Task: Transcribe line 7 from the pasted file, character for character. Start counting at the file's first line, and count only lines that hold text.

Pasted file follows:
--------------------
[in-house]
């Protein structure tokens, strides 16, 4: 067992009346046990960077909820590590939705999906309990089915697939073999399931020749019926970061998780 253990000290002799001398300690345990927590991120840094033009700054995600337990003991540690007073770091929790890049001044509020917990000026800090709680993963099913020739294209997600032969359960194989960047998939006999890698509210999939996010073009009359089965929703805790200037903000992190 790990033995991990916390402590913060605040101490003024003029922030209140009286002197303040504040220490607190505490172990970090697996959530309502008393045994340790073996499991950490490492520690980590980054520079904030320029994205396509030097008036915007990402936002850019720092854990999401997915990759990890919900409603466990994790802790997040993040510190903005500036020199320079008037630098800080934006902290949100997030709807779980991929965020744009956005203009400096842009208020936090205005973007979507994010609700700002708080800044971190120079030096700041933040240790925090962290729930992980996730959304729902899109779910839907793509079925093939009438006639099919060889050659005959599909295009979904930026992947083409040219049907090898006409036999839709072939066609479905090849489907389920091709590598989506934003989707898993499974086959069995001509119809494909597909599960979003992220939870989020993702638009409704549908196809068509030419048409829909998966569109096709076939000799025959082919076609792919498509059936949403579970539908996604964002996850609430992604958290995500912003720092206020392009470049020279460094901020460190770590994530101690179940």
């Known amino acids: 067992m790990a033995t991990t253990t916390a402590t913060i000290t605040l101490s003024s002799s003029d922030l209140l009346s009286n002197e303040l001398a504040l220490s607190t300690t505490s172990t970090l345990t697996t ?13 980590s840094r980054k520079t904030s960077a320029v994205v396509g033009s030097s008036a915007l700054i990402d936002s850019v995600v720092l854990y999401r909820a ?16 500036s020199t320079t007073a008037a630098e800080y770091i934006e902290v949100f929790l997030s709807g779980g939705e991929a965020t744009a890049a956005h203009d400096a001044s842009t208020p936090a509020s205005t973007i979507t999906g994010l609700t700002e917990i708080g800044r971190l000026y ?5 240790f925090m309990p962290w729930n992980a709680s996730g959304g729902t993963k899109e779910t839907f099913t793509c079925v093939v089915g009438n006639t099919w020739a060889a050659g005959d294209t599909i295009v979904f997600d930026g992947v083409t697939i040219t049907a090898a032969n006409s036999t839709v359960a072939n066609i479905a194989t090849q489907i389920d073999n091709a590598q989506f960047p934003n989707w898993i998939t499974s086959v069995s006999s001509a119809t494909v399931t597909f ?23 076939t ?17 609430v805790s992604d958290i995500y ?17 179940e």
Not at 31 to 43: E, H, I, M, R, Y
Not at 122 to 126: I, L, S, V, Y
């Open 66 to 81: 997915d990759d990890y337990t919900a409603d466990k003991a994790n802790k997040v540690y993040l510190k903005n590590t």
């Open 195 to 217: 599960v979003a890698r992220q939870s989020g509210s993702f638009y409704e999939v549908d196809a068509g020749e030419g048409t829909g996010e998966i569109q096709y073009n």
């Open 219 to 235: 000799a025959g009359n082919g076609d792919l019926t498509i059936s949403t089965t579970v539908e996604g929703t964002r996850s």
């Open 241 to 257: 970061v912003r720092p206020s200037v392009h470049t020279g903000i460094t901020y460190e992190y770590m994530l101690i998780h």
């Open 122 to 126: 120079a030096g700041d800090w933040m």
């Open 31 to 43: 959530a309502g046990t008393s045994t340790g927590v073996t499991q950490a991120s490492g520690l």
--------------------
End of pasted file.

């Open 195 to 217: 599960v979003a890698r992220q939870s989020g509210s993702f638009y409704e999939v549908d196809a068509g020749e030419g048409t829909g996010e998966i569109q096709y073009n």